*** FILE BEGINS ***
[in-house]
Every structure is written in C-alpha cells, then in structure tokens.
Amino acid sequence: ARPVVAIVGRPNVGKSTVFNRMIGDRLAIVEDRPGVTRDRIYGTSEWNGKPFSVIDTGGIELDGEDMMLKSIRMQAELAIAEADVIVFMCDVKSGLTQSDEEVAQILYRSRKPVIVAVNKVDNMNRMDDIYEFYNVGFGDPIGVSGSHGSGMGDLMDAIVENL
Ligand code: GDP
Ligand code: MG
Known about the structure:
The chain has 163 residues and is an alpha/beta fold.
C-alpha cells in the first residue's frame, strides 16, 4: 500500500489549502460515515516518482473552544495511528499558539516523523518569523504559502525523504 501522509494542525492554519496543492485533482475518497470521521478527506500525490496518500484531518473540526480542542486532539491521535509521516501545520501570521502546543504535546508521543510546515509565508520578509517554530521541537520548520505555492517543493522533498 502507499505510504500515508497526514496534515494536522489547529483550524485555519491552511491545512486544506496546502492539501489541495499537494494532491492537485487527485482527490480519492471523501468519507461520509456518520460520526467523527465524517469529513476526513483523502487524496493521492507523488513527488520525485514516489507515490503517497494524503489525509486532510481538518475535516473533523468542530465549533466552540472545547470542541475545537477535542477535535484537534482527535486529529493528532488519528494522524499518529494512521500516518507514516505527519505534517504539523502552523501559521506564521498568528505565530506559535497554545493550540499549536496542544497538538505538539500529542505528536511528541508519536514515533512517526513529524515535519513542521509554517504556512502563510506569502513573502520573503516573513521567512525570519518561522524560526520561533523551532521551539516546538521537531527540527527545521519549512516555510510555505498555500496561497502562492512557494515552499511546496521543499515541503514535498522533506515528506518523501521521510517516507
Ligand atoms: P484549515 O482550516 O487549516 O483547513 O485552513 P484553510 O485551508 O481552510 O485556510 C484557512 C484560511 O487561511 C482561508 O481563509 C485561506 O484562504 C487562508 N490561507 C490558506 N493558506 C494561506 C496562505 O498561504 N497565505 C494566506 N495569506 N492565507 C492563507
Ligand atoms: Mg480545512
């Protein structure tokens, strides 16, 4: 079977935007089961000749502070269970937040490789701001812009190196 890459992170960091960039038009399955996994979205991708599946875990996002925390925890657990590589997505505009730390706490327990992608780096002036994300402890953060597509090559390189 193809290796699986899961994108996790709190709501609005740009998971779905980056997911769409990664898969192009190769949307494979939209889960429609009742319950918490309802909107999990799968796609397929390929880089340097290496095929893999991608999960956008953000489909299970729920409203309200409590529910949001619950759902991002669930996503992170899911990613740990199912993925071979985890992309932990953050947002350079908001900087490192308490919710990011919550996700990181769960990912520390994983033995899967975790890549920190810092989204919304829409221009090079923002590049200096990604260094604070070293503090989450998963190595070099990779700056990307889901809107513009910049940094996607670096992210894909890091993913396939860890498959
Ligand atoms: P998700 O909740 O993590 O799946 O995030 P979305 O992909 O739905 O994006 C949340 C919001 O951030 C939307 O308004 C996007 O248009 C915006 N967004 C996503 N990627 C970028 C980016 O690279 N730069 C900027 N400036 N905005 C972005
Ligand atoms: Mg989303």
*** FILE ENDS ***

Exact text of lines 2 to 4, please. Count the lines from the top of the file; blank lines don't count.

Every structure is written in C-alpha cells, then in structure tokens.
Amino acid sequence: ARPVVAIVGRPNVGKSTVFNRMIGDRLAIVEDRPGVTRDRIYGTSEWNGKPFSVIDTGGIELDGEDMMLKSIRMQAELAIAEADVIVFMCDVKSGLTQSDEEVAQILYRSRKPVIVAVNKVDNMNRMDDIYEFYNVGFGDPIGVSGSHGSGMGDLMDAIVENL
Ligand code: GDP